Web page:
9,500 Bibb County Students Eligible for Transfer
By Julie Hubbard, The Macon Telegraph, Ga.
Jul. 30–About 9,500 Bibb County public school students in 12 underperforming schools will have the option to transfer to a higher performing school in the district this fall.
The number of students — more than a third of the school system’s total — breaks a record. Last school year, 4,954 students were eligible for transfers, although just 280 students actually used the option.
Still, it means that hundreds of students could switch schools just as a new school year is beginning, and some students could gain access to a new high school that’s opening in north Macon.
“This is the problem of the unpredictability of seeing the results this late,” Bibb County school Superintendent Sharon Patterson said. “We got official notification from the state Friday, so we’re working now to provide notification and make parents aware.”
Under the federal No Child Left Behind law, each state’s schools are held accountable each year for whether they made Adequate Yearly Progress. To meet AYP, a school must have enough student groups — including black students, poor students and students with disabilities — that pass state reading and math exams, as well as have high enough attendance and graduation rates.
The sanctions for schools that miss AYP include offering students private tutoring, transfers and, in worst-case scenarios, state oversight.
School officials blamed this year’s shortcomings on a new, harder math curriculum and more students failing the newly aligned state math exams.
“We expected a dip,” Val Cordy, the system’s director of special programs, said. “Any time they change the curriculum, there is a slight decrease in the number of schools making AYP, but not of this magnitude.”
Students did not have enough time to adjust to the harder math curriculum, Patterson said.
“Again, this belies the fact that there are students in schools that are meeting the standards,” she said. “It’s 60 questions on one test.”
Students attending Bruce, Ingram-Pye and King-Danforth elementary schools, Appling, Rutland, Weaver and Howard middle schools; and Hutchings Career Center, Northeast, Southwest, Rutland and Westside high schools are eligible for school choice transfers this fall.
The school system has sent letters to parents with children in those schools, and beginning next week students can apply for a transfer at their home school. The deadline is Sept. 4. If students remain at their home school, they can sign up for tutoring.
Antonio Simmons, whose stepson Joseph Washington attends Southwest, said his family will consider a transfer.
“(Southwest) is closer to home,” Simmons said. “We may send him over to Central or the new high school.”
Not all eligible students will be provided transportation if they transfer, however. Howard Middle, Rutland High and Westside High students will have to provide their own ride to another school if they want to leave.
This year, 41 Bibb schools were measured on whether they met No Child Left Behind goals. Fourteen of them met AYP, and 27 did not. Of the 27 schools that missed, 26 didn’t have enough students passing state math exams.
Schools failed to make AYP for a variety of reasons. Elementary and middle schools needed 59.5 percent of their students to pass the Criterion-Referenced Competency Test in math to meet AYP, for example. High schools needed 74.9 percent of students to pass math on the Georgia High School Graduation Test.
At Ingram-Pye Elementary, just 20.6 percent of the student body passed the math exam. At Burke Elementary, it was 30.5 percent. At Bloomfield Middle, 32.1 percent and at Bruce Elementary, just 34.8 percent passed math.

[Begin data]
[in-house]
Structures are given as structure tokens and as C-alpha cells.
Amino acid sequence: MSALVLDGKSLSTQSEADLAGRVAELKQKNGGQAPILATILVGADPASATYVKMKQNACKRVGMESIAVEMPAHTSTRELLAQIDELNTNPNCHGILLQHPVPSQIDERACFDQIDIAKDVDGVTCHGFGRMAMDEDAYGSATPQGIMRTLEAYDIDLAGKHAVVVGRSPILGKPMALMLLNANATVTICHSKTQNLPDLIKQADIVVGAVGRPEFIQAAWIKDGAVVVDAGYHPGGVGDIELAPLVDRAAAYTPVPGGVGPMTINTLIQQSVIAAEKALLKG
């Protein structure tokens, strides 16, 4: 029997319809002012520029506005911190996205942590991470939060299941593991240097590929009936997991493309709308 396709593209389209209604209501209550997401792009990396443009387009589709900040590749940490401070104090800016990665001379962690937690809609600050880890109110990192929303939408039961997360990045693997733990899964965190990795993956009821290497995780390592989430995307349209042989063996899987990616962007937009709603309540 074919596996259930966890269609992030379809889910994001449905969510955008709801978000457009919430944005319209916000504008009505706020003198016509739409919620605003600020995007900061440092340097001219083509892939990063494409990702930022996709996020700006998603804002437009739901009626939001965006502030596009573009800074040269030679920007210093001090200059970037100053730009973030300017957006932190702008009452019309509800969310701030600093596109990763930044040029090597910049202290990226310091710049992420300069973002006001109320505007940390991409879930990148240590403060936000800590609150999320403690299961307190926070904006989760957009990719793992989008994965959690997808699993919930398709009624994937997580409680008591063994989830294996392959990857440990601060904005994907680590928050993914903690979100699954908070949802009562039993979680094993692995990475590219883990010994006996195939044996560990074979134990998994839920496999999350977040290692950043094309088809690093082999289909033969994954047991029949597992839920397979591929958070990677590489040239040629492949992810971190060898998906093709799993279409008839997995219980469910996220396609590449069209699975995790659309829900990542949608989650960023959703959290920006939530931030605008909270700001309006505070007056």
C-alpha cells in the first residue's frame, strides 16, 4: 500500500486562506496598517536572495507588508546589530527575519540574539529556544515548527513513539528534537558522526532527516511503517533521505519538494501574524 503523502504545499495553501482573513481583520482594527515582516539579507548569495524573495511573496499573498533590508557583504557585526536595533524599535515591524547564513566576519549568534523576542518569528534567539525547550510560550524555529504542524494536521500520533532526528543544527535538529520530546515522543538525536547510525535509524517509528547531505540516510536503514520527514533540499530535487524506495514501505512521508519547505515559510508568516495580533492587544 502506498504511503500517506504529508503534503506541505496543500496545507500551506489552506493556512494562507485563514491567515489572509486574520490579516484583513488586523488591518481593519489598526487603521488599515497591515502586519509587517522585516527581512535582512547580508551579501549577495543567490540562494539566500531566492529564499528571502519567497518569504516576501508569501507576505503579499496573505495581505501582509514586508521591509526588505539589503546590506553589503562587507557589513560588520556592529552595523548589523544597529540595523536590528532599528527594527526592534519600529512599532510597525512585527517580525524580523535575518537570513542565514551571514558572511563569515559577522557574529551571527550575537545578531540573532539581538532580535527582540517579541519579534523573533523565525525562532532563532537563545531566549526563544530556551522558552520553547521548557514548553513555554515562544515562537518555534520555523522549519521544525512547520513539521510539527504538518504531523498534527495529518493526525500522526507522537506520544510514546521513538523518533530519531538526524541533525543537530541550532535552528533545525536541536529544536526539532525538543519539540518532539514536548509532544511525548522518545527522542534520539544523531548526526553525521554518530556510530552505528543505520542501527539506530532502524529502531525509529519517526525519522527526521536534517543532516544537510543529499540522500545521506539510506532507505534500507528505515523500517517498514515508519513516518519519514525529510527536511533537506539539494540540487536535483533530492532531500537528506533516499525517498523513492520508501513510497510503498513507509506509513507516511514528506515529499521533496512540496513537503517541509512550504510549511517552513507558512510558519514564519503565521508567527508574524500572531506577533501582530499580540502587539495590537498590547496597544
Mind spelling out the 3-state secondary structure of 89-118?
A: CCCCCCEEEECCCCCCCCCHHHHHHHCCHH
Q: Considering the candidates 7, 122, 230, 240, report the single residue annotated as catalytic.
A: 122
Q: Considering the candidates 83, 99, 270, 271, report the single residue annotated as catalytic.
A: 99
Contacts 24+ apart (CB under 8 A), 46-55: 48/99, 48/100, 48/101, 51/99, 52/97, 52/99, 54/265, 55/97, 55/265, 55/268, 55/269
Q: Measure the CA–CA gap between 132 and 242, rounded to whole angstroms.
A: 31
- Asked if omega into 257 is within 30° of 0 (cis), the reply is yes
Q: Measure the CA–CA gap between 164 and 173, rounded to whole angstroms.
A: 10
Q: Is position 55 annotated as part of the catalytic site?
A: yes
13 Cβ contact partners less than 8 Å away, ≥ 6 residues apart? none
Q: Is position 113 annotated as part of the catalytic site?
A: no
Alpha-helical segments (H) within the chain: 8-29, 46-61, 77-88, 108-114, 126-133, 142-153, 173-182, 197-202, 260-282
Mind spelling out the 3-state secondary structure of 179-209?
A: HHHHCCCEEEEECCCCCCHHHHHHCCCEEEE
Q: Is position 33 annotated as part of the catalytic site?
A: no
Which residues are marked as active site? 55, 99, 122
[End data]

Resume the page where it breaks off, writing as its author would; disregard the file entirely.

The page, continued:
Those were the lowest elementary and middle school scores in the system.
“We need something intensive there,” Cordy said. “We’re meeting with principals in those schools to outline strategies for intensive support.”
Northeast High had the lowest math high school scores, with just 43.8 percent of students passing math, well short of the 74.9 percent state goal.
High school students in schools that did not meet AYP can transfer to Central and the new Howard High School, which opens this fall. There may be limits, though, such as transfers involving Title 1 schools — those that get federal support because they have a high percentage of poor students.
Students who leave a Title I school can transfer to a higher performing school even if that school is over capacity. But students attending a more affluent school can only transfer to a school that is below capacity, Cordy said.
Howard High principal Karen Yarbrough said she didn’t know how the transfers will affect Howard’s opening.
“We may have more than the expected 650,” she said. “We’ll do whatever we have to do to ensure the highest quality education.”
Burke Elementary and Bloomfield Middle chose to offer tutoring, since both of them are first year “needs improvement” schools and can choose to offer either tutoring or transfers. Economically disadvantaged students who failed state exams are given priority.
Because of new state flexibility granted by the U.S. Department of Education, 13 Bibb schools that are not in “needs improvement” status and missed AYP this year may be allowed to count summer school retests in September when scores are recalculated, and they could end up making AYP after all.
Although, historically, a low percentage of students actually use the school transfer option, it still causes school officials concern about unpredictable enrollment — and staffing.
In 2006, 189 students used a school choice transfer, and the number was 154 in 2005.
“I think we’ve done unfair things to children, and this is the fallout effect,” Patterson said. “It has nothing to do with the quality of what’s happening in the schools.”
To contact writer Julie Hubbard, call 744-4331.
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